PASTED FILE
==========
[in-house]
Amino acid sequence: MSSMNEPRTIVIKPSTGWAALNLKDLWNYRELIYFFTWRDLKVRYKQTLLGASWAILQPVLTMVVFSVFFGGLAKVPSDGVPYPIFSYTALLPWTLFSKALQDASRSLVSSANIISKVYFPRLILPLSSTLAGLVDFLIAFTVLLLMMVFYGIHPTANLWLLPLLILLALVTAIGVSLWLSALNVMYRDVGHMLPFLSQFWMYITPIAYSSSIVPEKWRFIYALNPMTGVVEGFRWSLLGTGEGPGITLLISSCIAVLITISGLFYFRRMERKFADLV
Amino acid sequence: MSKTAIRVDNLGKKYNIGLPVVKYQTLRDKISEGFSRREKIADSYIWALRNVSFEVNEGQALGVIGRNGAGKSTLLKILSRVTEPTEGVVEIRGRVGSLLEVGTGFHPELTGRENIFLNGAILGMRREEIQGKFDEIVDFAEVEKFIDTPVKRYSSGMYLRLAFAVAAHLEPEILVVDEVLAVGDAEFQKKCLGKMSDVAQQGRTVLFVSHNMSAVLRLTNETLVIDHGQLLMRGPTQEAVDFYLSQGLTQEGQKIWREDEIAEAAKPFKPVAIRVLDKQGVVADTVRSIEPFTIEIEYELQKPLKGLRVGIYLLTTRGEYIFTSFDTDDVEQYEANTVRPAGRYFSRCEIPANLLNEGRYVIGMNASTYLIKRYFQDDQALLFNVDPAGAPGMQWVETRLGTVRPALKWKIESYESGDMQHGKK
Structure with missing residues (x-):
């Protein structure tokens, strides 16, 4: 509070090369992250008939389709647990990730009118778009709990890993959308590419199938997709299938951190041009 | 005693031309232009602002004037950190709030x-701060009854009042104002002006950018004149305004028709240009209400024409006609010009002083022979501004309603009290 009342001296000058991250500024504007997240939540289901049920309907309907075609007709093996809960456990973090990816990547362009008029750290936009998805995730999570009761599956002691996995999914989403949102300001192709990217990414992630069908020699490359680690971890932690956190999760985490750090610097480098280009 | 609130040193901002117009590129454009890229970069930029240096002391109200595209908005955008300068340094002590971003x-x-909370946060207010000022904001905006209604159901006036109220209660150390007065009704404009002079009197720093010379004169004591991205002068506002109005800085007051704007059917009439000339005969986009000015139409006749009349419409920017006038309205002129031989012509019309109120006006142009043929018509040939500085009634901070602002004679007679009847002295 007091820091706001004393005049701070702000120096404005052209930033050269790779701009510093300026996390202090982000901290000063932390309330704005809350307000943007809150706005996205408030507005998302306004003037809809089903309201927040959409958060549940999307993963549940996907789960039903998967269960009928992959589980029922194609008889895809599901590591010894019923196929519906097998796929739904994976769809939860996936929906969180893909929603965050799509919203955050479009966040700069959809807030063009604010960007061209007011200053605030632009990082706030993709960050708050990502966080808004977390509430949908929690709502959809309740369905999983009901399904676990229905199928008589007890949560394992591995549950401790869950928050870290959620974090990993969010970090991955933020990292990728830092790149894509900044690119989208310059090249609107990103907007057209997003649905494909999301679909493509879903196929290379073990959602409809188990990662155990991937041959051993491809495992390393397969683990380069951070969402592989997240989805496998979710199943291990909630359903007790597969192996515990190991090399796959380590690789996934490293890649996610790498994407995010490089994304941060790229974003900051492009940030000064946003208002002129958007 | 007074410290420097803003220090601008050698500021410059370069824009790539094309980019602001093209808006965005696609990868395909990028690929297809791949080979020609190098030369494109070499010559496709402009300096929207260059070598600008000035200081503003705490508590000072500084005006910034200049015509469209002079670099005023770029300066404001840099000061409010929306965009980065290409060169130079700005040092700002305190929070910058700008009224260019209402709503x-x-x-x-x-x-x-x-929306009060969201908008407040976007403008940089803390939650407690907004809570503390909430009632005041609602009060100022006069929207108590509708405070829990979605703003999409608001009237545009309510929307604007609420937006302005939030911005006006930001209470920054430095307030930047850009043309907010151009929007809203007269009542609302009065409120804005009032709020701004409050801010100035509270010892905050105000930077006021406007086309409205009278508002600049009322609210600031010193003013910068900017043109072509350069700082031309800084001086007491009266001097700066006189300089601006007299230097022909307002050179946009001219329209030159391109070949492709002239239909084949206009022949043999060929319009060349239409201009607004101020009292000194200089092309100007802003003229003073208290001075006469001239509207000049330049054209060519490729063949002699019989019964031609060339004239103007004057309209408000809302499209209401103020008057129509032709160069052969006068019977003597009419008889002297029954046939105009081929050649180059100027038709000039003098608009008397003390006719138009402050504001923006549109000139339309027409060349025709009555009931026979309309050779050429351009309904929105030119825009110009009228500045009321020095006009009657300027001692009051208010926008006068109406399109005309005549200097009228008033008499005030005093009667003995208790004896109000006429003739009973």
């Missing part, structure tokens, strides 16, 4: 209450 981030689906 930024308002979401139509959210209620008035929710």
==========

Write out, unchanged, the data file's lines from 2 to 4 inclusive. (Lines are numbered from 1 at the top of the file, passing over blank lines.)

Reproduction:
Amino acid sequence: MSSMNEPRTIVIKPSTGWAALNLKDLWNYRELIYFFTWRDLKVRYKQTLLGASWAILQPVLTMVVFSVFFGGLAKVPSDGVPYPIFSYTALLPWTLFSKALQDASRSLVSSANIISKVYFPRLILPLSSTLAGLVDFLIAFTVLLLMMVFYGIHPTANLWLLPLLILLALVTAIGVSLWLSALNVMYRDVGHMLPFLSQFWMYITPIAYSSSIVPEKWRFIYALNPMTGVVEGFRWSLLGTGEGPGITLLISSCIAVLITISGLFYFRRMERKFADLV
Amino acid sequence: MSKTAIRVDNLGKKYNIGLPVVKYQTLRDKISEGFSRREKIADSYIWALRNVSFEVNEGQALGVIGRNGAGKSTLLKILSRVTEPTEGVVEIRGRVGSLLEVGTGFHPELTGRENIFLNGAILGMRREEIQGKFDEIVDFAEVEKFIDTPVKRYSSGMYLRLAFAVAAHLEPEILVVDEVLAVGDAEFQKKCLGKMSDVAQQGRTVLFVSHNMSAVLRLTNETLVIDHGQLLMRGPTQEAVDFYLSQGLTQEGQKIWREDEIAEAAKPFKPVAIRVLDKQGVVADTVRSIEPFTIEIEYELQKPLKGLRVGIYLLTTRGEYIFTSFDTDDVEQYEANTVRPAGRYFSRCEIPANLLNEGRYVIGMNASTYLIKRYFQDDQALLFNVDPAGAPGMQWVETRLGTVRPALKWKIESYESGDMQHGKK
Structure with missing residues (x-):